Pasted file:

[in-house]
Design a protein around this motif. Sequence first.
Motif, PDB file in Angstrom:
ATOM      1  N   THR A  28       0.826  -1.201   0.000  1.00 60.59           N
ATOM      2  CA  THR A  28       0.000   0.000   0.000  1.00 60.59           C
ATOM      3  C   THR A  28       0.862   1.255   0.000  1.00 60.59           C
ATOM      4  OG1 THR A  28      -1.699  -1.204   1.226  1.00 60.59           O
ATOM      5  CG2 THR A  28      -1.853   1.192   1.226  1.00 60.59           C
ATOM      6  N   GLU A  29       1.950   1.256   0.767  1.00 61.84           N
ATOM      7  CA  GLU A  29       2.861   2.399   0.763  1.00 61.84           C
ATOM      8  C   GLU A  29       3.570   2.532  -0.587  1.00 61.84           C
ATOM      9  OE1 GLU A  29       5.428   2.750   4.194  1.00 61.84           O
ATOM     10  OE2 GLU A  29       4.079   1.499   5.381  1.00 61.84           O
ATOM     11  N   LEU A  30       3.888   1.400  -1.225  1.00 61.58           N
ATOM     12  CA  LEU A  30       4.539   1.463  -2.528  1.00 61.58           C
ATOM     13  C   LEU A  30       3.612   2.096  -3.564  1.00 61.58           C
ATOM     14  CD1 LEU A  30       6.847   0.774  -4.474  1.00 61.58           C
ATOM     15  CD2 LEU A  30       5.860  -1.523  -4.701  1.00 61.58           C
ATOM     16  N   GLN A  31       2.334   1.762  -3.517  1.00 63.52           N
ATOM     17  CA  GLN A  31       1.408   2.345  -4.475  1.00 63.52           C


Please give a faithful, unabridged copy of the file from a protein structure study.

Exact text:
[in-house]
Design a protein around this motif. Sequence first.
Motif, PDB file in Angstrom:
ATOM      1  N   THR A  28       0.826  -1.201   0.000  1.00 60.59           N
ATOM      2  CA  THR A  28       0.000   0.000   0.000  1.00 60.59           C
ATOM      3  C   THR A  28       0.862   1.255   0.000  1.00 60.59           C
ATOM      4  OG1 THR A  28      -1.699  -1.204   1.226  1.00 60.59           O
ATOM      5  CG2 THR A  28      -1.853   1.192   1.226  1.00 60.59           C
ATOM      6  N   GLU A  29       1.950   1.256   0.767  1.00 61.84           N
ATOM      7  CA  GLU A  29       2.861   2.399   0.763  1.00 61.84           C
ATOM      8  C   GLU A  29       3.570   2.532  -0.587  1.00 61.84           C
ATOM      9  OE1 GLU A  29       5.428   2.750   4.194  1.00 61.84           O
ATOM     10  OE2 GLU A  29       4.079   1.499   5.381  1.00 61.84           O
ATOM     11  N   LEU A  30       3.888   1.400  -1.225  1.00 61.58           N
ATOM     12  CA  LEU A  30       4.539   1.463  -2.528  1.00 61.58           C
ATOM     13  C   LEU A  30       3.612   2.096  -3.564  1.00 61.58           C
ATOM     14  CD1 LEU A  30       6.847   0.774  -4.474  1.00 61.58           C
ATOM     15  CD2 LEU A  30       5.860  -1.523  -4.701  1.00 61.58           C
ATOM     16  N   GLN A  31       2.334   1.762  -3.517  1.00 63.52           N
ATOM     17  CA  GLN A  31       1.408   2.345  -4.475  1.00 63.52           C